It's been endlessly debated, does recycling make economic sense? In New York City, back in 2002, Mayor Bloomberg proposed cuts to the city's recycling budget, raising questions both here and around the nation as to whether recycling was a cost-effective strategy for dealing with municipal solid waste. Even after the Mayor and the New York City Council agreed to restore glass and plastic recycling collections for all households in 2004, and to enter into a long-term contract for the sorting and reselling of collected recyclables, some economic questions lingered.
So the Natural Resources Defense Council commissioned a study to compare costs in New York City associated with curbside collection for recycling versus for waste to be exported to out-of-state landfills and incinerators. What they found was that while citywide costs per ton for curbside collection and disposal of recyclables was higher than for refuse going to landfills and incinerators, the difference was small, roughly 6 percent. The gap, the analysts concluded, was due primarily to the fact that recycling collection crews collect fewer tons per shift than refuse collection crews. In contrast, the overall cost of processing a ton of the city's recyclables is much less than the cost the city must pay companies to bury or burn a ton of the city's regular trash.
The report also calculated that recycling significantly lowers the city's global warming pollution, helping New York to meet its recently stated goal of reducing global warming emissions by 30 percent by 2030. The existing recycling program, the report estimated, reduced the city's global warming emissions by 500,000 metric tons of carbon dioxide in 2005 alone -- the equivalent of taking 338,000 passenger cars off the road each year.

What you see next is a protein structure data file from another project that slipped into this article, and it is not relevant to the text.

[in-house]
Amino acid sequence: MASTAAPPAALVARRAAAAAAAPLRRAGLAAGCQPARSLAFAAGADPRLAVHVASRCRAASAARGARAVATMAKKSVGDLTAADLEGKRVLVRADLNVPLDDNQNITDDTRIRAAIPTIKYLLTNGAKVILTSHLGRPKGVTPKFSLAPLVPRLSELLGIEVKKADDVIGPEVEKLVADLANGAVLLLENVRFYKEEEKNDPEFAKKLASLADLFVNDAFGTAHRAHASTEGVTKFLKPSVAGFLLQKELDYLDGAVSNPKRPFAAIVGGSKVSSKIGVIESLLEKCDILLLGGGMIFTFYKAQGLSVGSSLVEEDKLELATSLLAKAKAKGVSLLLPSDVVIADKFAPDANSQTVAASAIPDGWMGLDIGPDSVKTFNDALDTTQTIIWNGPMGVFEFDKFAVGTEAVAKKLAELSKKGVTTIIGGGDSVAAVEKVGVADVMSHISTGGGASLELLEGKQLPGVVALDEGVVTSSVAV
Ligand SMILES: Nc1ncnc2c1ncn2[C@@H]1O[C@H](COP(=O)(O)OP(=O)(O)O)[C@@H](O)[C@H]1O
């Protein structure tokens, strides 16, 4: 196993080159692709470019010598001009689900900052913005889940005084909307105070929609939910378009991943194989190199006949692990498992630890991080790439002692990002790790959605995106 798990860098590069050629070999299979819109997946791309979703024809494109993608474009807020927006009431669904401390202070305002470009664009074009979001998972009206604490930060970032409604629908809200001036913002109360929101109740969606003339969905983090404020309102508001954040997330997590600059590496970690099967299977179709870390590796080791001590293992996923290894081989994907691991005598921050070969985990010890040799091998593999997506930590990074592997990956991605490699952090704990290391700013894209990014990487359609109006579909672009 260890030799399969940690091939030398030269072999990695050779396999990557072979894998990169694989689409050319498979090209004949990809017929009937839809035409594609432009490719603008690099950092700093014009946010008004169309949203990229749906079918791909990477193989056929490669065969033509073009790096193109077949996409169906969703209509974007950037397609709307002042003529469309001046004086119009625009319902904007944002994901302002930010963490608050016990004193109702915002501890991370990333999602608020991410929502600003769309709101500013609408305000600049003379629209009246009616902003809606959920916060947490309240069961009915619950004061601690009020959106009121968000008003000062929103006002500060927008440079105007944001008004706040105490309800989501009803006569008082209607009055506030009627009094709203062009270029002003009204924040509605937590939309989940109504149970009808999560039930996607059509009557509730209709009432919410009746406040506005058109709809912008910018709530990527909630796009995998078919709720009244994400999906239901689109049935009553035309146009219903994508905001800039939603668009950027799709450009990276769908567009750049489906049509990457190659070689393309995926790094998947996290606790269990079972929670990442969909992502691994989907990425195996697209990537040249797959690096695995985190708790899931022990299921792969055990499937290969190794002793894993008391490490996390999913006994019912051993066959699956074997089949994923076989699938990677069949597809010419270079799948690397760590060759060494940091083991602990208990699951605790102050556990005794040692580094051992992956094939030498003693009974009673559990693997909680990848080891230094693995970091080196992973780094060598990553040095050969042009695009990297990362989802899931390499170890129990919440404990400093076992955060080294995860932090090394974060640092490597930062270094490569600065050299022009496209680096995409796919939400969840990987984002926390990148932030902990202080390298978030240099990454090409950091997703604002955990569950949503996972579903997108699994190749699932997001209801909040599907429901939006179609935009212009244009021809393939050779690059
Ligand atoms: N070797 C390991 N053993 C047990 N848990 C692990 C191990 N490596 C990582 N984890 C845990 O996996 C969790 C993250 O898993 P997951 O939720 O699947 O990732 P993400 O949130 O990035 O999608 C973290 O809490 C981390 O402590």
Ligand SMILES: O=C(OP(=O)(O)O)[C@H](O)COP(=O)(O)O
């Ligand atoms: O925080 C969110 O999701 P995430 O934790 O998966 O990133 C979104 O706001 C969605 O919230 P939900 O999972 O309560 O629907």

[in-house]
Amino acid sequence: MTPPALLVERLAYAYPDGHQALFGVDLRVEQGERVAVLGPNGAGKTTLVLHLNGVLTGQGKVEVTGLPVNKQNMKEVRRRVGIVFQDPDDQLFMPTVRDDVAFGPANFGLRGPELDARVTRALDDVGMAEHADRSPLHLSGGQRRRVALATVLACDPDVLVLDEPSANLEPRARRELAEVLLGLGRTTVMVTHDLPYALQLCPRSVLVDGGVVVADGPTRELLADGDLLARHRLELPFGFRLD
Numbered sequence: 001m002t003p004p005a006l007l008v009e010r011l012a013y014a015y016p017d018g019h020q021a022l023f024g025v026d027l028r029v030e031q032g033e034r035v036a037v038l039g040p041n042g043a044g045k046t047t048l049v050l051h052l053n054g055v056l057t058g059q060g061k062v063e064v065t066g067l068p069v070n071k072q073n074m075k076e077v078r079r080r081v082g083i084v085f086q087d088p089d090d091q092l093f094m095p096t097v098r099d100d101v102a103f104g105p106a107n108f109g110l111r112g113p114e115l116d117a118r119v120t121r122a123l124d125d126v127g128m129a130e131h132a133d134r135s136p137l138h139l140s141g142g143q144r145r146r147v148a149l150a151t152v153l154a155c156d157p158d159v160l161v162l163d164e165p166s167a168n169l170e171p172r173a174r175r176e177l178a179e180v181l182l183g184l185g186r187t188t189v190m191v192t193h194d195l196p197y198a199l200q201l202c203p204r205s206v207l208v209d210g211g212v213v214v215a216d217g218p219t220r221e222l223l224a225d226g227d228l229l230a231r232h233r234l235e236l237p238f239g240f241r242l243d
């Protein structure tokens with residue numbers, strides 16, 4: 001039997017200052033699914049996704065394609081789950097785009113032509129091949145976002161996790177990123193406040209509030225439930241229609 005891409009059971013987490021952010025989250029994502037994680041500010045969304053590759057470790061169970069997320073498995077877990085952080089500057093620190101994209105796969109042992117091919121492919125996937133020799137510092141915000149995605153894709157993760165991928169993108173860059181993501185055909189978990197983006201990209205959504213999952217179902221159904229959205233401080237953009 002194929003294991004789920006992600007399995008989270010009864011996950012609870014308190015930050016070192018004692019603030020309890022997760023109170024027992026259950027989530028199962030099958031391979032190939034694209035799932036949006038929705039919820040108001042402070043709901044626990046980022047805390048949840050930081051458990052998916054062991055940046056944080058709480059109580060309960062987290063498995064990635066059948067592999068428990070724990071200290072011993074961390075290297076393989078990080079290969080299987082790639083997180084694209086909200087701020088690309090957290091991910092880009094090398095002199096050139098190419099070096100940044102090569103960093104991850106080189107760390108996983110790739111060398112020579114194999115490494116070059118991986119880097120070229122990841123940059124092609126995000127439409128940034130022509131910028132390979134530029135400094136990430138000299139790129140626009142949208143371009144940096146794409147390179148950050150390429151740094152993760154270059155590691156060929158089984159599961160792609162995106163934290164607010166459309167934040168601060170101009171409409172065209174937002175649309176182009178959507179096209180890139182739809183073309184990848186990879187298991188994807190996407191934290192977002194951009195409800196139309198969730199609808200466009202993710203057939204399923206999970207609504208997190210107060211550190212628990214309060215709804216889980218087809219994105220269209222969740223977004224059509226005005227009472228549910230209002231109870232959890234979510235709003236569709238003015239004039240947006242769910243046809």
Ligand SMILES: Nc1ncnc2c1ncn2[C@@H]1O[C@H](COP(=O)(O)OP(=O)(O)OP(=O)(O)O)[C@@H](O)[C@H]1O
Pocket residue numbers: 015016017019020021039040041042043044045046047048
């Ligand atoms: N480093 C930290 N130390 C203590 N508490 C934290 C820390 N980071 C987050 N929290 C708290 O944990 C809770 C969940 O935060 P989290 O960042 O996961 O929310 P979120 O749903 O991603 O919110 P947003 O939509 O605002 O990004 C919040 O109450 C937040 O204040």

So what can we do to make recycling more cost competitive? Simple: Recycle more. According to the Department of Sanitation, 22 percent of the material collected as refuse is designated recyclables. This means that increased education and enforcement could result in additional recyclables set out for recycling instead of as refuse. This is good news for recycling because the majority of recycling trucks are not packed out at the end of the truck shift, meaning the trucks have the capacity to hold more recyclables than are being collected during the truck shift.
Now how do we get all of us recycling more? Might not hurt to take a look at a city with not just the country's best recycling rate but a great recycling education program. San Francisco, which is #1 for recycling among NRDC's Smarter Cities, diverts 70 percent of its waste from the landfill--the highest in the country. In 2006 it had the lowest disposal to landfills in more than 30 years, despite growth. Do they also have a good enforcement program? Check back, for we're going to look further into this ourselves.
The complete NRDC report is available online here.